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Ok so to explain I have server in Java that receives data from a C++ program that I have no control over. So the data is transferred over TCP/IP and the Java server just receives it. The volume of incoming data is huge and it comes at a very fast rate, just imagine a terminal printing loads of lines really fast.. I don't need to get all of it, just as much as I can would be great..

Now I need to send that data to an android device and display it. I have no idea what is the best approach to so this.

I am currently pinging the server from my android device every 50ms using an executor. Then I use a handler to display the data. I have already posted a question with code here: related question.

Obviously the android app will need to ping it while the app is running so I can't avoid the while(true) scenario.

I have read about 100000000 ways to do concurrency in Android, and I do not know what to choose for this.

  • I tried simple Threads, they were to hard to manage.
  • I am now running a ExecutorService
  • I also read about ScheduledExecutorService, but they need a time duration right ? My app can be running for 5 hours or 5 minutes or 5 years.
  • I read about HandlerThreads too, but I am not sure they are ideal for this scenario.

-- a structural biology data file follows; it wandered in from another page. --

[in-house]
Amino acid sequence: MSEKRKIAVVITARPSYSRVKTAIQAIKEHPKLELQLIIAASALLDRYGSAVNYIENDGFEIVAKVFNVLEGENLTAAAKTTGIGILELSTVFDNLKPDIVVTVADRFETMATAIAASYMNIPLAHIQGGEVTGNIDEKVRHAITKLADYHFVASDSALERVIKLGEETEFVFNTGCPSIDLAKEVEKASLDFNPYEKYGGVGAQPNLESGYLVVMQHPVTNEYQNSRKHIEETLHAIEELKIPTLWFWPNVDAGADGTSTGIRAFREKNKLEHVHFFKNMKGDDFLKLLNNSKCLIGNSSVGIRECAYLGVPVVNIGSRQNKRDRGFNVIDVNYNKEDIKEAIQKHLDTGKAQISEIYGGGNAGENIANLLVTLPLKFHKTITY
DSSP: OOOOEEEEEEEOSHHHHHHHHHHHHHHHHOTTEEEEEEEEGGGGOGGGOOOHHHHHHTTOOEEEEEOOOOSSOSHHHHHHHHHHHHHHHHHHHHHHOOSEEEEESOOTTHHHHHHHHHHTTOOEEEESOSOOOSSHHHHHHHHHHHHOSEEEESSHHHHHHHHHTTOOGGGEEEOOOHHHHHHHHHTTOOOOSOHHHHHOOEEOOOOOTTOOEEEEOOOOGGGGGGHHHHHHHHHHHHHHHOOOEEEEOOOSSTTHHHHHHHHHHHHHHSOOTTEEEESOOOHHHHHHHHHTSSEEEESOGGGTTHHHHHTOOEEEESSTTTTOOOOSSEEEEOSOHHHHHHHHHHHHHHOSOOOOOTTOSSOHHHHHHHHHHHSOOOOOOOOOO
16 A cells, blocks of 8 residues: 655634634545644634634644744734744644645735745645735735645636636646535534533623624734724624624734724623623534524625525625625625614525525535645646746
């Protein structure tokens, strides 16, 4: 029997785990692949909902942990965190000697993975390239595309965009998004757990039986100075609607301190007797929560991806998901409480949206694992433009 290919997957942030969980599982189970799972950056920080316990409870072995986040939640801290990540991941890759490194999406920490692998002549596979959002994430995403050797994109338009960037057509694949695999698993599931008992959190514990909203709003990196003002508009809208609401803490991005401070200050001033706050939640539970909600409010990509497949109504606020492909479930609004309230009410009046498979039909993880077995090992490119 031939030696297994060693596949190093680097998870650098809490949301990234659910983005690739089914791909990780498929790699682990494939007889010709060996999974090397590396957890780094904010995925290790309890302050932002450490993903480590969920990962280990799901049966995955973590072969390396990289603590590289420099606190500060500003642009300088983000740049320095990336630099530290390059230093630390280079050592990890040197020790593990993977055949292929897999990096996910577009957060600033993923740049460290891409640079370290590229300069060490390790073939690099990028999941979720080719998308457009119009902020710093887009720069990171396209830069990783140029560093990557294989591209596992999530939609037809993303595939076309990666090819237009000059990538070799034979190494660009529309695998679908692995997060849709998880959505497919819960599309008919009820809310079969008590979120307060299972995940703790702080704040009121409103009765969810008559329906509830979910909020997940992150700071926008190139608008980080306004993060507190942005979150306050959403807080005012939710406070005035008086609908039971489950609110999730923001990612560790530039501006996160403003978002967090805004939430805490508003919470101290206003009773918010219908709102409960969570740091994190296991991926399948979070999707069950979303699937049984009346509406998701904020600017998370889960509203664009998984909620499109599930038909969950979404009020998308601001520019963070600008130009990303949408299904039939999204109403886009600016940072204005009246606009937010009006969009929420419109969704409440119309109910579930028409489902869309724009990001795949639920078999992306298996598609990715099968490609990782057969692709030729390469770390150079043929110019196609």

Any help would be great.

  • Since I don't do Android development, I can't answer the specific question, but I can say polling every 50ms is probably too often. You don't need to poll more often than you update the display. Most users won't notice a change shorter than 100ms, and many times you only need to update once a second or so. That can save some battery life for your users (as well as sleeping for a bit until you need to do more work) – Berin Loritsch Jun 27 '18 at 14:54
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I cannot say best but from my POV you need to use Push Notification. So logic will be you register the device with the server when the user logs in and unregister when user logouts. Now when you have new data on the Server end, the server will send a notification to the device and after receiving notification, from android device you can send the request to server for downloading the data. On the server end, you can implement the logic that there should be at least x ms or sec time difference between two notification. This will help you to avoid sending request too frequently and improve battery saving. Sending request to server every 50 ms will surely drain your device battery. In the approach i mentioned, you only need to download data when new data is available; so in any case, your server did not receive new data after your last download, you will not require to send download request from the device.

For Push Notification, you can use FCM.

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